Saturday, September 02, 2006

85. "The Thin Place" ~ Kathryn Davis


On the back cover of this book, someone states, "Davis, God bless her, assumes her readers are intelligent people who are interested in what they are reading."

What an easy way to make this reader feel inferior.

The Thin Place begins with three girls who seem to stumble upon a murder scene. While two of them run for help, the third, Mees, saves the man from imminent death by laying her hands on him.

But this isn't the plot of the book.

In fact, this is a perfect example of a character-driven novel. Told through the point of view of dozens of characters, including dogs, a beaver, God, Jesus, and the town (Varennes), it is more like a portrait in a life drawing class.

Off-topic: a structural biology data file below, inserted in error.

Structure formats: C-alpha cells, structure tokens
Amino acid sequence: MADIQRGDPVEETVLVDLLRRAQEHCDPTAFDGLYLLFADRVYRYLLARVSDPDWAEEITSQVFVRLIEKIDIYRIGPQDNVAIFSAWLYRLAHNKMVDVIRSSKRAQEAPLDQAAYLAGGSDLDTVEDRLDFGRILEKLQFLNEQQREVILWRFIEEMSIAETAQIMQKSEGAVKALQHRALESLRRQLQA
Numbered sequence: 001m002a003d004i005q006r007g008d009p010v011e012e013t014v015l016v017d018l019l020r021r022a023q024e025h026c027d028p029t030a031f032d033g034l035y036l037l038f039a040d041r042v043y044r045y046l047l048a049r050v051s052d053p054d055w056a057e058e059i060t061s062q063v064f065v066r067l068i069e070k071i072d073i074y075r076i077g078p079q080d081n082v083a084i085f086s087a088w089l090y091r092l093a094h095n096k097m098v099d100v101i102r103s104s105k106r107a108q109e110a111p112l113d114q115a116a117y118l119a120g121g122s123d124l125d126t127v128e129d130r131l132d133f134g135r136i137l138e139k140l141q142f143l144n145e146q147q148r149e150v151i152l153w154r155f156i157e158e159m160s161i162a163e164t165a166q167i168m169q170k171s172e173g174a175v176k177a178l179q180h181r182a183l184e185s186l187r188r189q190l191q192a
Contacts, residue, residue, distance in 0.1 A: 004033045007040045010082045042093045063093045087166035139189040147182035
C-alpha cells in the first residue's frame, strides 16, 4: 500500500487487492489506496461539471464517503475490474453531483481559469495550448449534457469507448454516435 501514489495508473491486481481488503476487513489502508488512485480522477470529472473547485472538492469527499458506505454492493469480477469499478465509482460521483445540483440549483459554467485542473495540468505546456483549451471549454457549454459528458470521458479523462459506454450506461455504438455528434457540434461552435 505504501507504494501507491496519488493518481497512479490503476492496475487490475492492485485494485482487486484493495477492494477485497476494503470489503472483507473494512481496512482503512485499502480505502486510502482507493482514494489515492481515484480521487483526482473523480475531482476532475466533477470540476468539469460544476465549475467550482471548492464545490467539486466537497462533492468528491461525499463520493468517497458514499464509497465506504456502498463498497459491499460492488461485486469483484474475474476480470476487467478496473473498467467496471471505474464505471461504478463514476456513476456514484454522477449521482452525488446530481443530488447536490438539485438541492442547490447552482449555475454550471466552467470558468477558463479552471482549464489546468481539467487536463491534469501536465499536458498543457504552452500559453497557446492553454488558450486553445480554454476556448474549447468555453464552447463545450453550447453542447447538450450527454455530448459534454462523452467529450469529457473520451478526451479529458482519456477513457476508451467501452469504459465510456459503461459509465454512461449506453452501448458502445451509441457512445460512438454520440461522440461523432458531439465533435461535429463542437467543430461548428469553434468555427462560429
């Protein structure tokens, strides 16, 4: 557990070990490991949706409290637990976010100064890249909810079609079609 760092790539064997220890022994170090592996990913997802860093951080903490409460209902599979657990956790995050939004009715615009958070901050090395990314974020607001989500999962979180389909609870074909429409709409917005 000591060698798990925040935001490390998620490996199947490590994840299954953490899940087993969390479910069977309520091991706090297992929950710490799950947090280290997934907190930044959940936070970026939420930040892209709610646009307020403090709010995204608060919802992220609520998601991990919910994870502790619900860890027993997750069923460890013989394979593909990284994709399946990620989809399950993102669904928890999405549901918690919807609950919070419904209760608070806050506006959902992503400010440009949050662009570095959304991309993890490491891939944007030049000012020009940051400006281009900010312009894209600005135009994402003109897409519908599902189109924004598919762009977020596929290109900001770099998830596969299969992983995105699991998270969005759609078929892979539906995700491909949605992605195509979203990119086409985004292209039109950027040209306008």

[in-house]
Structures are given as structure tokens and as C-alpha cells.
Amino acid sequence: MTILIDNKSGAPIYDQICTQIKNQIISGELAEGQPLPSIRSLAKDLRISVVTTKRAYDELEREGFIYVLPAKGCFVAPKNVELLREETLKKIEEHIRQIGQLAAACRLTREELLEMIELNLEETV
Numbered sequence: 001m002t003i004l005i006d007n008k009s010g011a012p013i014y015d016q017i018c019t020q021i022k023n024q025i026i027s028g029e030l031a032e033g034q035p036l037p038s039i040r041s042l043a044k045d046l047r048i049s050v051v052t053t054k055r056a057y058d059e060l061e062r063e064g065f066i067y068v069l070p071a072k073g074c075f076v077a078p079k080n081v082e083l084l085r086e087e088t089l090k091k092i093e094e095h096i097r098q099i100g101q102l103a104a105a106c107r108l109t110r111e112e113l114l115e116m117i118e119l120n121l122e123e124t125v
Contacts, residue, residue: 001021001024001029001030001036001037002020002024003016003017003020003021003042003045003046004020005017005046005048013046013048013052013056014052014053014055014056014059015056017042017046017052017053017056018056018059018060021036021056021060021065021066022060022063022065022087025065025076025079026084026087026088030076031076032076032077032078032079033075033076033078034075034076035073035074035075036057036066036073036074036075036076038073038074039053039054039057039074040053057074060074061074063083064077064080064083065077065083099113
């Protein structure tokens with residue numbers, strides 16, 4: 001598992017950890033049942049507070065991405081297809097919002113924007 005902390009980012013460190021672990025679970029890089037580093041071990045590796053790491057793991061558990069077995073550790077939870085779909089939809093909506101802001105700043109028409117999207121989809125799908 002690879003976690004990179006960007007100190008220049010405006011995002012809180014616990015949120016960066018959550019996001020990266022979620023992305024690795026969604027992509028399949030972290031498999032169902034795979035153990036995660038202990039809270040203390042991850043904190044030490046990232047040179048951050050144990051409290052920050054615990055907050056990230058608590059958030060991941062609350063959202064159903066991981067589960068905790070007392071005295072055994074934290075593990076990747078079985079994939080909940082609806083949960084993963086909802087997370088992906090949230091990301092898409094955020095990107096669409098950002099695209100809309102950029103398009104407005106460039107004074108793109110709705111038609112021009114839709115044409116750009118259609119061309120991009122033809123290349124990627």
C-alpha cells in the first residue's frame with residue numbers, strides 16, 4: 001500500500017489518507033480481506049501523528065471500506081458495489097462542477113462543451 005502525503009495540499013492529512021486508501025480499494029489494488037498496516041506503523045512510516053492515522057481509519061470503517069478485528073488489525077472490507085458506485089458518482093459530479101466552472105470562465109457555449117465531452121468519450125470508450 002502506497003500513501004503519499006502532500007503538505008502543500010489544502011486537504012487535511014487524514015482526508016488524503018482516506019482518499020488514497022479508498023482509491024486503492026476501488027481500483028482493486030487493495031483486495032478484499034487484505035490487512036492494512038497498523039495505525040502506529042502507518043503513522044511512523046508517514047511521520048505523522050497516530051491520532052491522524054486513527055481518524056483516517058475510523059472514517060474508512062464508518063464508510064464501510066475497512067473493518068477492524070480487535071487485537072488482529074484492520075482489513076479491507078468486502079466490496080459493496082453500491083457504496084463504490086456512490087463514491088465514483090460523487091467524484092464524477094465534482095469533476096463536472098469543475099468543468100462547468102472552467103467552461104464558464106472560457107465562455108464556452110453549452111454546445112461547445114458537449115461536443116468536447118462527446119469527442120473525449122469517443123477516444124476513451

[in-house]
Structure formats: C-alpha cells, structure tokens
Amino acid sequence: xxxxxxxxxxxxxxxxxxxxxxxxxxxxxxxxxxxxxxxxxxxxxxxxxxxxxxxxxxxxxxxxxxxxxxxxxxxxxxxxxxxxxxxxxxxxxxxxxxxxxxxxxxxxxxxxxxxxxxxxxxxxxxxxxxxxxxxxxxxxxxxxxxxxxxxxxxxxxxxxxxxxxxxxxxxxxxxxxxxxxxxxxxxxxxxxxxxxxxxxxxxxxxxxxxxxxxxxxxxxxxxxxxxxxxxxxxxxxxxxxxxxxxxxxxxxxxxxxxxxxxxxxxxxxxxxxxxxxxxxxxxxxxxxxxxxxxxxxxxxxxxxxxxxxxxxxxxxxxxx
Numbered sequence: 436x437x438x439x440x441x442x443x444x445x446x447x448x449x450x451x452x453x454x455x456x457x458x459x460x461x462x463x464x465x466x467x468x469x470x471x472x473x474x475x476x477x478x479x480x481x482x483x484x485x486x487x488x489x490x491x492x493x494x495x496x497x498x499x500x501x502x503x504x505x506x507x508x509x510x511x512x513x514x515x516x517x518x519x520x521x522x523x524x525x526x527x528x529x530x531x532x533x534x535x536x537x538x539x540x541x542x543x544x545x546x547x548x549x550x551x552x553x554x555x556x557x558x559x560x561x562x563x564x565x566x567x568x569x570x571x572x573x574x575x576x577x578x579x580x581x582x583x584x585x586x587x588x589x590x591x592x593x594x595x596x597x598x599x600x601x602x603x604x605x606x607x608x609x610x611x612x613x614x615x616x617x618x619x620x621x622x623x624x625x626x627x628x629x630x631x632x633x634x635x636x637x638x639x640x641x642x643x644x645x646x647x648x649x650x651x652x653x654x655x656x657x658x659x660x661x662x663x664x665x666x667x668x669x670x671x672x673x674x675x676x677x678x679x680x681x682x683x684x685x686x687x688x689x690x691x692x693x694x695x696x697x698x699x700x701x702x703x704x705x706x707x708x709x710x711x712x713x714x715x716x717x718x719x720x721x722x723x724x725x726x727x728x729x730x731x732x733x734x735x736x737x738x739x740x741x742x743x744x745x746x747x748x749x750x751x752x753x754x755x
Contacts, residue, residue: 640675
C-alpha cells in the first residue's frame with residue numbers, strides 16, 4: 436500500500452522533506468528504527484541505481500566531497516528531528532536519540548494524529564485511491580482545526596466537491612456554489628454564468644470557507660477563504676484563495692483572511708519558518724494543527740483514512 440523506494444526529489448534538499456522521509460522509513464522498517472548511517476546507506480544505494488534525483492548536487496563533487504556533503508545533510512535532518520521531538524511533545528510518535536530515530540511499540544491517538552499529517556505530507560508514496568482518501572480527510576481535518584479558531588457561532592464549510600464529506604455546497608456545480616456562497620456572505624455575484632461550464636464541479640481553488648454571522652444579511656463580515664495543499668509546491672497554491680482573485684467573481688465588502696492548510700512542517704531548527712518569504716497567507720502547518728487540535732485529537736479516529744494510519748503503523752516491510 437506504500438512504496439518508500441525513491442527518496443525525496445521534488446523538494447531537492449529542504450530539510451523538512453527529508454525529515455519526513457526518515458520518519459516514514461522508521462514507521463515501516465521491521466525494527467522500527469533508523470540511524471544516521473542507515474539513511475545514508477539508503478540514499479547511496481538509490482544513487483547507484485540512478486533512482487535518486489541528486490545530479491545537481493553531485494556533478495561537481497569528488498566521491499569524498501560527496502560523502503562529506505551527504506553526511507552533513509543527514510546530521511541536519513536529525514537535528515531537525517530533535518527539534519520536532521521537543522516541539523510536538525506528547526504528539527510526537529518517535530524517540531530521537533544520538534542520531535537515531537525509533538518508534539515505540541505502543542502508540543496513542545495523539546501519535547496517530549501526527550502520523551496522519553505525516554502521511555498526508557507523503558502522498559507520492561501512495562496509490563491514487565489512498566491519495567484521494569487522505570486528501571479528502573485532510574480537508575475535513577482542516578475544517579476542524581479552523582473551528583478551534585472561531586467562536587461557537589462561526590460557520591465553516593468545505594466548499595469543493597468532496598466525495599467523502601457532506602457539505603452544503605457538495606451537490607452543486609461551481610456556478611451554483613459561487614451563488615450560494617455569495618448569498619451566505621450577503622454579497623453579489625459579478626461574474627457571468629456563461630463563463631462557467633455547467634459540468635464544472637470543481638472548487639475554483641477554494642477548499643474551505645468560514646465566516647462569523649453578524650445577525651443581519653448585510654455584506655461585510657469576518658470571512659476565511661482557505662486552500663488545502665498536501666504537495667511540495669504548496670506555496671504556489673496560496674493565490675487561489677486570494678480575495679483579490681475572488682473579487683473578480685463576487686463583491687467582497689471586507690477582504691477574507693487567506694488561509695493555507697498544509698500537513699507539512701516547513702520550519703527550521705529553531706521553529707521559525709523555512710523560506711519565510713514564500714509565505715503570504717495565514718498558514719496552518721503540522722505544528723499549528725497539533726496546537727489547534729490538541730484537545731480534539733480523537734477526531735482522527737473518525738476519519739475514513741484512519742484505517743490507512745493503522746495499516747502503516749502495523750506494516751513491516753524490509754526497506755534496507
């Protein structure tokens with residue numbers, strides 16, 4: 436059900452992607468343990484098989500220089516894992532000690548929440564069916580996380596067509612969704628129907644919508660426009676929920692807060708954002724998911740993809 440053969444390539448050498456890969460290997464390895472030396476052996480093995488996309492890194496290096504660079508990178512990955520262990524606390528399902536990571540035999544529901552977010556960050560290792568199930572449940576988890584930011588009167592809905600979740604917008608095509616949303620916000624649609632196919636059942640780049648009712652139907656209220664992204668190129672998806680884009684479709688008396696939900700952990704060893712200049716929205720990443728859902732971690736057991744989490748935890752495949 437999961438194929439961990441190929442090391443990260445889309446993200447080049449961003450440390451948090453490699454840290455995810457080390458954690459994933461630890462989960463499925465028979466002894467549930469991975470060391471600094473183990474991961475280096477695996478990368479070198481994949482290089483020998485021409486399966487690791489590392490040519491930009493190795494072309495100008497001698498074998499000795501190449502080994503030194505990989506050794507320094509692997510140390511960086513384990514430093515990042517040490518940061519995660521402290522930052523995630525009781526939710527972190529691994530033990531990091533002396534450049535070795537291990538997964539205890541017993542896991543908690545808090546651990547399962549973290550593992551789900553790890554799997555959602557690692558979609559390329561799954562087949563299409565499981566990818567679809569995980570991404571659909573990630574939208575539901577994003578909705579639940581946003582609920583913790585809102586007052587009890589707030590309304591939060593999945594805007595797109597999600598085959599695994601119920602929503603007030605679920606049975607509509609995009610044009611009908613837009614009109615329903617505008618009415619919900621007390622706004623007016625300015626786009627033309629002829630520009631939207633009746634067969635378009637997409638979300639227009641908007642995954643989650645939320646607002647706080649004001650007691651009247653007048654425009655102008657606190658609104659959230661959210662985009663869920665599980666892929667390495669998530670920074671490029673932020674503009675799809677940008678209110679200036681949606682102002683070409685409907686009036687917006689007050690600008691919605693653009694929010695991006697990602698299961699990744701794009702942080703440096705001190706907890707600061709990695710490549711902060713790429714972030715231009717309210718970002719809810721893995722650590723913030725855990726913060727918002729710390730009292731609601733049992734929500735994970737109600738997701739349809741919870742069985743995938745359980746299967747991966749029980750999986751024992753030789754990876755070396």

With pop-ups from mythology to religion to biology, one must be well-read -- or familiar with Google -- to understand Davis's references. But when I did get the joke, I laughed out loud. When I didn't, I felt like the author's pretentiousness dragged one away from the story. Of course, that may just be my own issues.

I'd like to find out what it's like to teach this book in a literature class. I can almost hear my students groaning already.

4.0 out of 5.0 Maiden's Prayers.

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